By sharing an article on creating a more equal post-COVID-19 world for people who menstruate, J.K. Rowling is trying to be patronising by pretending to have forgotten the word for women, downplaying that not all women menstruate or not everyone who menstruates is a woman. The article used the word people who menstruate on purpose, to include transmen and non-binary people. She tries to bond the terms women and menstruation together, which is hurtful and exclusionary towards trans people or non-binary people and towards a lot of cis-women (non-transgender women) as well. Some cis-women who are older do not menstruate anymore, or some needed a hysterectomy because they were sick. They do not menstruate, and by bonding women and menstruation so strongly, J.K. Rowling is actually excluding them.


To help understand why Rowling's Tweets and her essay are transphobic, this article will make use of a discourse analysis to help interpret her meaning. By collecting numerous Tweets and reading her essay thoroughly, it is possible to point out any recurring themes within these texts. Using discourse analysis instead of other more 'objective' methods will focus not only on what is said but also on how it is said, which can give more insight into how people understand things (Cameron, 2001).

She starts her essay with the Maya Forstater case. Back in 2019, she tweeted her support for Forstater. She states that Maya "lost her job for what were deemed 'transphobic' tweets" (Rowling, 2020). From Rowling her Tweet, it is clear to see that she disapproves of the fact that Forstater is fired because she stated that sex is real and uses the hashtag "#IStandWithMaya" (see Figure 3). With this, she is highlighting biological sex (Goodwin, 2013). By doing so, she downplays the real reason why Forstater got fired. The Tweets that Forstater posted can indeed be seen as transphobic and trans-exclusionary. Not only that but stating that Maya was fired because she said sex is real is a dishonest summary for what she said in her discrimination complaint. “I believe that it is impossible to change sex or to lose your sex. Girls grow up to be women. Boys grow up to be men. No change of clothes or hairstyle, no plastic surgery, no accident or illness, no course of hormones, no force of will or social conditioning, no declaration can turn a female person into a male, or a male person into a female.” (HM Courts & Tribunals Service, 2020).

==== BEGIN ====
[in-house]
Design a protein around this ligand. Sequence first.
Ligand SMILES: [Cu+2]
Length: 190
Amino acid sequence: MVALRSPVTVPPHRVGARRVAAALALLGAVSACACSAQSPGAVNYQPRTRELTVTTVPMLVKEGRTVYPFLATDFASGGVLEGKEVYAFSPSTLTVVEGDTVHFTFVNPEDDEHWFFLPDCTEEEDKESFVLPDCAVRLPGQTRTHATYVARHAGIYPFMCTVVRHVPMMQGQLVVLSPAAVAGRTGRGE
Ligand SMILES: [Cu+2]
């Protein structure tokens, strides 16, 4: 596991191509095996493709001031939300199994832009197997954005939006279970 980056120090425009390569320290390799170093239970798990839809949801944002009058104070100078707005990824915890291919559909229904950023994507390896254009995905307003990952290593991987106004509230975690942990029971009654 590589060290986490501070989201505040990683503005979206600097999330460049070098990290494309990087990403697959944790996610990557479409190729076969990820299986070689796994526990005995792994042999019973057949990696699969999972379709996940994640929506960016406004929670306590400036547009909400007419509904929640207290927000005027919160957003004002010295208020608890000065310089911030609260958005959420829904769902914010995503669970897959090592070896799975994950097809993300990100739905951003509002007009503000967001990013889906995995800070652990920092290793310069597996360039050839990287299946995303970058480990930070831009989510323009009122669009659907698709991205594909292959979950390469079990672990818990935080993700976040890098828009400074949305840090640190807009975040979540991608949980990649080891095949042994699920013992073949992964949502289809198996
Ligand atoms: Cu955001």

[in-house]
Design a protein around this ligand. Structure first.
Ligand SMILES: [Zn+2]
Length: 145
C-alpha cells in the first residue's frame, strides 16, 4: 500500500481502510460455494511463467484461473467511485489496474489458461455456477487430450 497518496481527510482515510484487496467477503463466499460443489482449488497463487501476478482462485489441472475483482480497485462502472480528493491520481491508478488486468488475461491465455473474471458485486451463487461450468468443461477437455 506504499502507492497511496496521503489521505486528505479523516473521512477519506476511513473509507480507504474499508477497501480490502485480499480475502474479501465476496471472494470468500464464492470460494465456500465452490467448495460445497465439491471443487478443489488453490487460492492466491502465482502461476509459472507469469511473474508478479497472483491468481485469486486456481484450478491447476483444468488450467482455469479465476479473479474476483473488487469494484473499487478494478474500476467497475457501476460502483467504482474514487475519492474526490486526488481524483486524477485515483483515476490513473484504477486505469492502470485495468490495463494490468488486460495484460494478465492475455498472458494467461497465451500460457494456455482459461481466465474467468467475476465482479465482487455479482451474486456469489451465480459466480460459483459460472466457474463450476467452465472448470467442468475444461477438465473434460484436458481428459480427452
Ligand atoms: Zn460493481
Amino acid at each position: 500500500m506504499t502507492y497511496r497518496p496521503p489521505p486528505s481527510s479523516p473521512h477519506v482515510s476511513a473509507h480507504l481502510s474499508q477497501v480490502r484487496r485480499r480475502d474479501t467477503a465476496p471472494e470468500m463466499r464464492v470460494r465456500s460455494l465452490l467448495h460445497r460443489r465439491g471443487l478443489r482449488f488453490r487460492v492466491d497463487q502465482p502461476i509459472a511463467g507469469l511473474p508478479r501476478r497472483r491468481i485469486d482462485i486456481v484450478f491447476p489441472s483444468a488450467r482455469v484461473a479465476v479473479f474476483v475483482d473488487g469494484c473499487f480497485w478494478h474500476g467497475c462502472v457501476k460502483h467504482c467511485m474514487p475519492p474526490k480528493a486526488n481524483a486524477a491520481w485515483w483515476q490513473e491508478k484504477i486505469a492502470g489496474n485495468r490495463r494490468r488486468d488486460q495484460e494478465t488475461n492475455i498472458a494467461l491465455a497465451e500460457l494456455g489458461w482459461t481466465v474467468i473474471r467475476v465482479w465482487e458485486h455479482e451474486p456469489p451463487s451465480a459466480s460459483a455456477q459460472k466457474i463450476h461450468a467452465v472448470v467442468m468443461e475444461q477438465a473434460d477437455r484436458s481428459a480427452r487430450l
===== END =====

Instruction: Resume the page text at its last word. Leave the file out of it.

Figure 3: J.K. Rowling her support tweet for Maya Forstater

The Tweet in figure 3 could be seen as trans supportive at first glance, but with conducting a little more research it becomes clear that this Tweet is actually quite transphobic too. Not only does she give a dishonest summary when stating that Forstater was fired because she said sex was real. Rowling also says to "To dress however you please. Call yourself whatever you like." and with that she is downplaying and belittling what it is actually like to be trans, reducing it to a change of name and clothing.

In her Tweets, Forstater claims that trans women are not women or that expanding the legal definition of 'women', including both males and females, makes it a meaningless concept and will undermine women's rights and protections for vulnerable women and girls. Rowling later mentioned Forstater again in relation to American physician and researcher Lisa Littman. Claiming that Littman her career took a similar hit that Forstater had also suffered. However, Littman's research is widely rejected by the scientific community due to misinformation and flaws in her research. One of the most significant flaws was that while researching trans people, she never asked the trans community for input.


Figure 4: Maya Forstater her response on the question of whether she is claiming that trans women are not women

Rowling also addresses the hate she has gotten because she was following Magdalen Berns on Twitter. She says that Berns was "an immensely brave young feminist and lesbian who was dying of an aggressive brain tumour" (Rowling, 2020). Rowling describes her views as inoffensive and gentle. "Berns was a great believer in the importance of biological sex ...", she, again, focusses on the biological sex part and completely ignores that Berns was not afraid to voice her opinions about trans people publicly (Rowling, 2020). 

Figure 5: Magdalen Berns responding to a trans woman, claiming that nobody will ever truly accept her as a woman